New CrestorŽ data in African-American patients with high cholesterol
First-ever large-scale, prospective study in African Americans with high cholesterol levels demonstrates Crestor helped patients achieve cholesterol goals
NEW ORLEANS (November 9, 2004) -- New data presented today at the American Heart Association's Annual Scientific Sessions showed that AstraZeneca's CRESTORŽ (rosuvastatin calcium) at 10 and 20 mg reduced LDL-C or "bad" cholesterol by 37 and 46 percent, compared to 32 and 39 percent at similar doses with atorvastatin in African-American patients. CRESTOR also brought more patients in this study to National Cholesterol Education Program Adult Treatment Panel III (ATP III) LDL-C goals than atorvastatin at milligram-equivalent doses of 10 and 20 mg. ARIES (African American Rosuvastatin Investigation of Efficacy and Safety) is the first-ever large-scale, prospective trial exclusively designed to compare the effects of statins in African-American patients, who have generally been underrepresented in clinical trials.
"As an African American physician who treats a large number of African-American patients, the ARIES trial represents an opportunity to demonstrate the efficacy and safety of statins in this high-risk, undertreated and underserved population," said Dr. Keith C. Ferdinand, clinical cardiologist and medical director of Heartbeats Life Center and the lead investigator for ARIES. "ARIES is the first trial to demonstrate superiority in lowering LDL-cholesterol (bad cholesterol) in this population using rosuvastatin (CRESTOR) compared to atorvastatin, comparing equal doses of each."
ARIES is a six-week, randomized, controlled, open-label, multi-center trial designed to evaluate the efficacy of CRESTOR and atorvastatin in African Americans with elevated cholesterol. After a six-week dietary lead-in, 774 African-American adults with hypercholesterolemia were randomized to one of four open-label treatments for six weeks: CRESTOR 10 or 20 mg or atorvastatin 10 or 20 mg. Results showed CRESTOR 10 and 20 mg reduced LDL-C by 37 and 46 percent respectively compared with 32 and 39 percent for atorvastatin at the same dosages (p<0.017). The data also showed that 66 and 79 percent of the patients treated with CRESTOR 10 and 20 mg respectively reached their NCEP ATP III cholesterol goals compared to 58 and 62 percent for the patients treated with atorvastatin 10 and 20 mg respectively. Treatments used in the ARIES study were well tolerated.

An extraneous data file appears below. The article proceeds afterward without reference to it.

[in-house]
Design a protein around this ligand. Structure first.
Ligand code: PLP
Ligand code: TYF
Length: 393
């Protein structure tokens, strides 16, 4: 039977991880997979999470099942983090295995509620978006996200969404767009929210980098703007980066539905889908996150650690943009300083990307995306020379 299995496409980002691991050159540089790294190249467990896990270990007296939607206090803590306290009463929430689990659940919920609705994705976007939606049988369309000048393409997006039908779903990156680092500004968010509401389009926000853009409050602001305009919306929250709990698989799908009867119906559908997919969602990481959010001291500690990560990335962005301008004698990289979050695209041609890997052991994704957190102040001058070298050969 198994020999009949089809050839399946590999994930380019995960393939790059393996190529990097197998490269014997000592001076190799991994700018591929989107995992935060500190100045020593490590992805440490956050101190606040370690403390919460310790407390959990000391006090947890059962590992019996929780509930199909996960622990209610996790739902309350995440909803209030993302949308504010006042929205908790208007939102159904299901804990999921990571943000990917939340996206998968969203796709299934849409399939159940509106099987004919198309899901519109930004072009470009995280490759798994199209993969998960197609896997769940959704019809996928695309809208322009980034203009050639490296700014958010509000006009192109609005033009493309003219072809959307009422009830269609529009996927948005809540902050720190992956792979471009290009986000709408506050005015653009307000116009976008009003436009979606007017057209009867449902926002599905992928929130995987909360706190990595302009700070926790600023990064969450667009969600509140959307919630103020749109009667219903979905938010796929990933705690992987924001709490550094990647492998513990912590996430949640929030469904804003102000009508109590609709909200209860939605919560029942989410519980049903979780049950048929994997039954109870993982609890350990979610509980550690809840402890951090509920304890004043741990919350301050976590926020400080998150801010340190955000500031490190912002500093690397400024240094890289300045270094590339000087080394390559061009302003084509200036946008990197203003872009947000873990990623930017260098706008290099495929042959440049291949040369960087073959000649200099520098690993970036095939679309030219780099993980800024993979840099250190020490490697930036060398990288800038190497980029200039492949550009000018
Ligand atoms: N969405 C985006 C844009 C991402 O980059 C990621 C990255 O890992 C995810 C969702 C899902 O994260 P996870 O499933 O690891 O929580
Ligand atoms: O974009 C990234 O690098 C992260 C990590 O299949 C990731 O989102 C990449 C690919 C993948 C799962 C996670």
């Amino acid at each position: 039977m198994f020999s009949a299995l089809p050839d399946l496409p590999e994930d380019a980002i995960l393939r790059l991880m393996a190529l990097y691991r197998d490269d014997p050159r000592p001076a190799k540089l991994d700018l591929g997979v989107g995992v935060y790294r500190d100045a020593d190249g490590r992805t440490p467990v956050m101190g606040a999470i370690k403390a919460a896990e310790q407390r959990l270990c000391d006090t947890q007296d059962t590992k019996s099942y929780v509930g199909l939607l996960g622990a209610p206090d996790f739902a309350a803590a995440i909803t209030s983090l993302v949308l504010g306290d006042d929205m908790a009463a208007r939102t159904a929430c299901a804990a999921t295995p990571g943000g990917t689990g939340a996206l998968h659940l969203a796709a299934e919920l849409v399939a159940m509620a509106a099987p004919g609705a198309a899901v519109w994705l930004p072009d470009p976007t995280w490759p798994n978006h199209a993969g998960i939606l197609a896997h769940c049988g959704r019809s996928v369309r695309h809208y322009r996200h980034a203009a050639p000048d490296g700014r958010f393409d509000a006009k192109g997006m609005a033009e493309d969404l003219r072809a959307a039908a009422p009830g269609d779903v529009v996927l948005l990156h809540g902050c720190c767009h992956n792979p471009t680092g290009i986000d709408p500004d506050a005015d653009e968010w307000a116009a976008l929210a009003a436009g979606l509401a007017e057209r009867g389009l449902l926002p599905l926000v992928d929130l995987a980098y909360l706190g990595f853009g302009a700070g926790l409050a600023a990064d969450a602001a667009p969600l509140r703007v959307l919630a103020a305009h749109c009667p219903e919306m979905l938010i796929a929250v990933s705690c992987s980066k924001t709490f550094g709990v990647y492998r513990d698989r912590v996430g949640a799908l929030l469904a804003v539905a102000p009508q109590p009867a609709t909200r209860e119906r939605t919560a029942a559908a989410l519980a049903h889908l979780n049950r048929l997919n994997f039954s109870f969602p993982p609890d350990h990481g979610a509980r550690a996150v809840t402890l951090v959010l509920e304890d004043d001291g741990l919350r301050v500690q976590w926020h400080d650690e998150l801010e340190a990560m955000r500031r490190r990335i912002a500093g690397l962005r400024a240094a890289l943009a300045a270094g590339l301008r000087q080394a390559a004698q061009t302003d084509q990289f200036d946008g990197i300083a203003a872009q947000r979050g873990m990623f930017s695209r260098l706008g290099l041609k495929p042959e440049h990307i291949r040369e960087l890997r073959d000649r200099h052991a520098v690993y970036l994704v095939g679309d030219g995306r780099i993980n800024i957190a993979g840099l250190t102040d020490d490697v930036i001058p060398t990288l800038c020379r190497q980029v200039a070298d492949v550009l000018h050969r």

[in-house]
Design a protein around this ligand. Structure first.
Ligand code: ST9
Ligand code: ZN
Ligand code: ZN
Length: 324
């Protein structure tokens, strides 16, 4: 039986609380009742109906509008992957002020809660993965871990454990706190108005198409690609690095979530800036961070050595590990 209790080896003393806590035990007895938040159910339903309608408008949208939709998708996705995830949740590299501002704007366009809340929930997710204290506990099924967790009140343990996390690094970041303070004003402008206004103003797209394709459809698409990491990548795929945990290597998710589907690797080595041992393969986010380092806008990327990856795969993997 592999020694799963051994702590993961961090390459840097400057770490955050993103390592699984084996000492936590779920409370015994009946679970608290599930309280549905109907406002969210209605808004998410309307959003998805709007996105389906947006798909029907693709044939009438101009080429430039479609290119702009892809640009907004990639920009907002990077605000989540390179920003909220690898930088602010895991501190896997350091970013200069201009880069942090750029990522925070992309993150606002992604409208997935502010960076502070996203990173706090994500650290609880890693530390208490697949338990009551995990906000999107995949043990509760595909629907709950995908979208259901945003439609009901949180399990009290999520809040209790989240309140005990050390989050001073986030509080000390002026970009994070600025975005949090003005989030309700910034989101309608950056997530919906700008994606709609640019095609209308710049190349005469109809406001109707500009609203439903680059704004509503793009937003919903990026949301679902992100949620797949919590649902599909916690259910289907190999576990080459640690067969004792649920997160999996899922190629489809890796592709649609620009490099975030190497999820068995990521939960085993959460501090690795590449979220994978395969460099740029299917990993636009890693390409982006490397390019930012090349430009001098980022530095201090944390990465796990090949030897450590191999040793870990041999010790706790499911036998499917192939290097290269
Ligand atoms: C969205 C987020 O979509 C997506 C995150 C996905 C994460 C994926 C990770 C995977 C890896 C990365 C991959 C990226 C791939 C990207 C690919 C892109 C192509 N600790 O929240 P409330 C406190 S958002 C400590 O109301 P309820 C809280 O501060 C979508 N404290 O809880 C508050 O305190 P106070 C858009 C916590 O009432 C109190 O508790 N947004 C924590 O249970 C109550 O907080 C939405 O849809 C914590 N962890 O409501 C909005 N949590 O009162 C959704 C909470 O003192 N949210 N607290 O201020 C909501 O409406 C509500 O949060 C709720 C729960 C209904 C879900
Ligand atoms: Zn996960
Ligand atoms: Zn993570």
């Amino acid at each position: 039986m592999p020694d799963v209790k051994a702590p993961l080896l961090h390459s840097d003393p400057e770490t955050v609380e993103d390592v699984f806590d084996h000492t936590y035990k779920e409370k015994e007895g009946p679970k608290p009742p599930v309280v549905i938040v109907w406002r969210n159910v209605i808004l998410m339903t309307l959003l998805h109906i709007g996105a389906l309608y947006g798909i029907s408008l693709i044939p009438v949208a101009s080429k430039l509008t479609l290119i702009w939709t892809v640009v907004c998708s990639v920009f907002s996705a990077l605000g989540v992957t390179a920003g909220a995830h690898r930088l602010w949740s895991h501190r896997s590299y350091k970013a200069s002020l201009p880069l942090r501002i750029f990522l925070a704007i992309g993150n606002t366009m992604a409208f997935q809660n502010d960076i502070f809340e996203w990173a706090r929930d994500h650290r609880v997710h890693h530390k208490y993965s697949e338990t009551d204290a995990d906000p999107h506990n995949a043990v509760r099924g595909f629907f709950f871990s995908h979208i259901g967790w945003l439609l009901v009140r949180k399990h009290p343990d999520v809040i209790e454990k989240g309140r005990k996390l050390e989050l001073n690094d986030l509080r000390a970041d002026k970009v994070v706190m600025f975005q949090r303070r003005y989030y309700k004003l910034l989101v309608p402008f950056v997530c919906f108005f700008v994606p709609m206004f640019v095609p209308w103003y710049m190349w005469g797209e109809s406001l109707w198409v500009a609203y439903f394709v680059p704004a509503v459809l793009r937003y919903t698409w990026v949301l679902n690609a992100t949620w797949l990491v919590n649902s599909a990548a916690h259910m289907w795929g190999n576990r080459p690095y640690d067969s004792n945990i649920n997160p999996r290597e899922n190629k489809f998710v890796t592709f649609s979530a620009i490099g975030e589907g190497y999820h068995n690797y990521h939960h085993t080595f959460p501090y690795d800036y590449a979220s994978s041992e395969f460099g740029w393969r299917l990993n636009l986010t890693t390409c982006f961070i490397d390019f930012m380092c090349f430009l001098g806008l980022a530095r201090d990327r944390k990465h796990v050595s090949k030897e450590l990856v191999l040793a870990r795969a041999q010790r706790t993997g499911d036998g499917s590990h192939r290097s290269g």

Additional data from ARIES demonstrated:
CRESTOR 10 and 20 mg increased HDL-C by 7 and 6.5 percent compared with 5.6 and 3.7 percent with atorvastatin 10 and 20 mg. CRESTOR 10 mg produced significantly greater increases than 20 mg of atorvastatin (p<0.017) CRESTOR 10 and 20 mg reduced non-HDL-C by 34 and 42 percent compared with 30 and 36 percent for atorvastatin at the same dosages (p<0.017) CRESTOR 10 and 20 mg reduced total cholesterol by 27 and 33 percent compared with 23 and 29 percent for atorvastatin 10 and 20 mg (p<0.017)
African Americans and Elevated Cholesterol
According to the American Heart Association, approximately 42 percent of the African-American population has high cholesterol, and an estimated 45 percent has elevated LDL-C levels. Additionally, according to the National Center for Chronic Disease Prevention and Health Promotion's Risk Factor Surveillance System (BRFSS), an estimated 26 percent of the African-American population has never had their cholesterol levels checked.
Source: Eurekalert & othersLast reviewed: By John M. Grohol, Psy.D. on 21 Feb 2009
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